The fifth edition of the Diagnostic and Statistical Manual of Mental Disorders (DSM-5) will be released in May. Yahoo is featuring first-person stories from Americans who are diagnosed with some of the most common mental health disorders in the United States. Here's one story.
FIRST PERSON | I penned depressing, dark poems and suicidal short stories as a teenager. Living in a small town, I participated in drugs and alcohol. It could have been "typical" teenage behavior. I thought so, even though I'd dropped out of high school and continued the sex, drugs, and drinking.
At 17, I left home with a man 12 years older than myself, continuing the pattern; notebooks were filled with poems on loneliness, self-loathing, and abuse. I amped myself up on drugs for the energy to work. I cared about nothing but the constant irrational fears itching inside my head. Even the abuse that man I'd left home for was nothing but fodder for a pen and paper.
Within a year, I tried to kill myself. It was a simple thing; I wasn't in a state of panic or heartbreak. I was terrified of death. But I'd decided I wouldn't allow the abuse to kill me and give someone else the satisfaction of having done it.
I swallowed a bottle of high-end pain killers and closed my eyes.
After the incident -- which I didn't care had failed -- I went to a psychiatrist once. A dreary place in Denver stinking of mold, catering to drifters with no money or home address; I answered questions that showed a total lack of interest, very poor self-esteem, little to no energy, and withdrawal from society at every opportunity.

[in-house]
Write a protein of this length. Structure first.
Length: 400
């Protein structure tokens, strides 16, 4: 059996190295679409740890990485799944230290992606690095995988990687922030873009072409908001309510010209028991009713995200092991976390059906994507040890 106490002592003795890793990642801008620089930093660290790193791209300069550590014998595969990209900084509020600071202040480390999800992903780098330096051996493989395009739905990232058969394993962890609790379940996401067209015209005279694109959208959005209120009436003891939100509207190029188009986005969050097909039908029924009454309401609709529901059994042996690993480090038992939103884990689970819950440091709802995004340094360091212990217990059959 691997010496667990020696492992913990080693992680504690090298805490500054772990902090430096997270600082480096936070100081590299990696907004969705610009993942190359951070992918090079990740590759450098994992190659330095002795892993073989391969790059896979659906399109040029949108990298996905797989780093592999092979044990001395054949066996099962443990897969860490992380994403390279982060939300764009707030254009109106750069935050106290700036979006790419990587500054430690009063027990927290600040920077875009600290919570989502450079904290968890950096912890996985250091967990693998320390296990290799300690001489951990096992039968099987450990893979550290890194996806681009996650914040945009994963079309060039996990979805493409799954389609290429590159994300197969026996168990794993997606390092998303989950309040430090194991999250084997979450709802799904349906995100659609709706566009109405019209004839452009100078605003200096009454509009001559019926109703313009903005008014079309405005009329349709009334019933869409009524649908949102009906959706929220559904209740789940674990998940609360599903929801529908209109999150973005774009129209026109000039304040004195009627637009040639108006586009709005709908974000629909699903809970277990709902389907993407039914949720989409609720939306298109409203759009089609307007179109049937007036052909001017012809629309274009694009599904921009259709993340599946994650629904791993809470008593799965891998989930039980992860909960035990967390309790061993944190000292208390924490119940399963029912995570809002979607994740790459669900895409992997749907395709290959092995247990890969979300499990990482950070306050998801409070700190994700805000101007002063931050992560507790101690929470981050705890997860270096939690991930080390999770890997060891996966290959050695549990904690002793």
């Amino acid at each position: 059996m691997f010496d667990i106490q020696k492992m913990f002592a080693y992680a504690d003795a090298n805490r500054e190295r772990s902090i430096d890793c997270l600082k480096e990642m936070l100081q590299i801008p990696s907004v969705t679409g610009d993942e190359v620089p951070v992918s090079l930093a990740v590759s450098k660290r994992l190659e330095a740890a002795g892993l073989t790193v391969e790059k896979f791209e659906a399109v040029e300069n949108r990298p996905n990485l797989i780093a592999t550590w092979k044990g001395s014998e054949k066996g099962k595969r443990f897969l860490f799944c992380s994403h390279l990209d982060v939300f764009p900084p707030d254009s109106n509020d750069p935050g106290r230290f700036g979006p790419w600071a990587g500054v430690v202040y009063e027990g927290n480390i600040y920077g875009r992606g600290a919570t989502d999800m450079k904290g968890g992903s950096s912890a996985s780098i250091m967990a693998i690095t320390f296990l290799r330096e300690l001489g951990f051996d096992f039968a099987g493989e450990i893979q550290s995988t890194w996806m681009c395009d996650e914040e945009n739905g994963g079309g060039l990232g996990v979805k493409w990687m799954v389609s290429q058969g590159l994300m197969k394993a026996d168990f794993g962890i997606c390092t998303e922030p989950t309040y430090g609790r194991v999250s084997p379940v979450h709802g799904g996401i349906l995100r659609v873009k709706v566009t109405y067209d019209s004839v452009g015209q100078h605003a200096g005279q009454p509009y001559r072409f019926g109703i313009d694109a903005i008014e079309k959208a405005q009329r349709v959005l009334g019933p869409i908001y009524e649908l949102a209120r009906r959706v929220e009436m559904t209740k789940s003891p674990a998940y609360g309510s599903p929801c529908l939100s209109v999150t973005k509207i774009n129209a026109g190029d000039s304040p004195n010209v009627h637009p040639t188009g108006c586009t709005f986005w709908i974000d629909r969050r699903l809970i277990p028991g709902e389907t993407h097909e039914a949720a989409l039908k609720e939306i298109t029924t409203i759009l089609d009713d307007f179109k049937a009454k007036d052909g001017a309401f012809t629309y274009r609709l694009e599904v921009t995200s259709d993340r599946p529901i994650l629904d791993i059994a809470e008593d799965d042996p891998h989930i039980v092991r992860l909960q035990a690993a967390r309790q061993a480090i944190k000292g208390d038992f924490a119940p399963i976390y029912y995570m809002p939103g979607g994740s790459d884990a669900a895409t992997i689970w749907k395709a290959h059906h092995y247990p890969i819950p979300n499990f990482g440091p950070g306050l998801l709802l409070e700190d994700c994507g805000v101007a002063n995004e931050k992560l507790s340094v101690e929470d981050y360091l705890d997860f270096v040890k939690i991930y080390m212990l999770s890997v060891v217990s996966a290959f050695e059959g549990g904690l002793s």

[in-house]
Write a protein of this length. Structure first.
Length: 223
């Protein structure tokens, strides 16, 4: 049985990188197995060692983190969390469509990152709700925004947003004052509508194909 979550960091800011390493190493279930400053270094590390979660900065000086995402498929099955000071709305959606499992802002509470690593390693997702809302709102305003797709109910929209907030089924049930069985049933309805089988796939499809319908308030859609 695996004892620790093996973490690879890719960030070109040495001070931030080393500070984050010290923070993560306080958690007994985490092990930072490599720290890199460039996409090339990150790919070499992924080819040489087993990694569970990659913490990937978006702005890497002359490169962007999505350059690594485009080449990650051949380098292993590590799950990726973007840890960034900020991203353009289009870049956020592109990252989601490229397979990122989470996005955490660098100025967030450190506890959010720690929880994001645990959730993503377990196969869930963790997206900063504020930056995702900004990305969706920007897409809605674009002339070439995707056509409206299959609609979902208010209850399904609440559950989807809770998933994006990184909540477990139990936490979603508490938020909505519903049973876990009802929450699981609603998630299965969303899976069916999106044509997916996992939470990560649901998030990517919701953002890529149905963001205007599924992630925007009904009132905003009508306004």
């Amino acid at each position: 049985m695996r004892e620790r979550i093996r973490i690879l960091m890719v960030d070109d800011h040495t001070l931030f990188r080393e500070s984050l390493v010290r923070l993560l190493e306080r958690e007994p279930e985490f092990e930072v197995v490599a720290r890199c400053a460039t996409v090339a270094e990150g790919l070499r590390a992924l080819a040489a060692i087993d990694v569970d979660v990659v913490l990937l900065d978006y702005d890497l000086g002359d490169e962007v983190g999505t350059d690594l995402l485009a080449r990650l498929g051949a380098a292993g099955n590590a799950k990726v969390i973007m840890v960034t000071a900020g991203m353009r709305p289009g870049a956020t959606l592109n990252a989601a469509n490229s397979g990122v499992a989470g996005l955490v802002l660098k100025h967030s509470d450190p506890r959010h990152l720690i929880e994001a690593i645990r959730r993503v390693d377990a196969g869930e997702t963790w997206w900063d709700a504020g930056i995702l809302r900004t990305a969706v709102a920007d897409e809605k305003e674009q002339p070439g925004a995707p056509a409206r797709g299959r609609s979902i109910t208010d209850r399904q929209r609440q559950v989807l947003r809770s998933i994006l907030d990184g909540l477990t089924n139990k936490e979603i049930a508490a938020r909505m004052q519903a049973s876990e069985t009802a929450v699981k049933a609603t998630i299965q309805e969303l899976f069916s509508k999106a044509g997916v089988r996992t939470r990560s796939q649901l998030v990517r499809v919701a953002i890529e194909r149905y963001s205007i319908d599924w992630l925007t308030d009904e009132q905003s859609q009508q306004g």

Depression. It sounds so self-pitying, just a word filled with stigma and angst. I never returned.
Teenage years blurred into official adulthood. Believing I had no prospects, I remained with the man who'd come and go from prison, stints of time during which I wrote letters that expressed all the right emotions of longing and love. Promises to remain faithful and to be waiting; everything I knew I should feel but didn't.
Pregnancy drove me to seek help and leave the abuse behind. Since I was seeing a physician, I assumed that they would be able to help me. Depression reconfirmed, I went from one anti-depressant to another as they stopped working and I'd be floored by fear and depression. Bouts of energy broke in, an escape, and the diagnosis became bipolar.
The series of drugs that came after this diagnosis spun me into an anxiety breakdown of horror that paralyzed me.
Fifteen years later, I've dropped the stigmas and saw a psychiatrist. Dysthymia was the problem all along, a sneaky form of depression that is acute and chronic. I deal with its common co-disorder, anxiety, with therapy. And I find myself optimistic, wistful, wishing I'd had the chance to have a life before.
- Mental Health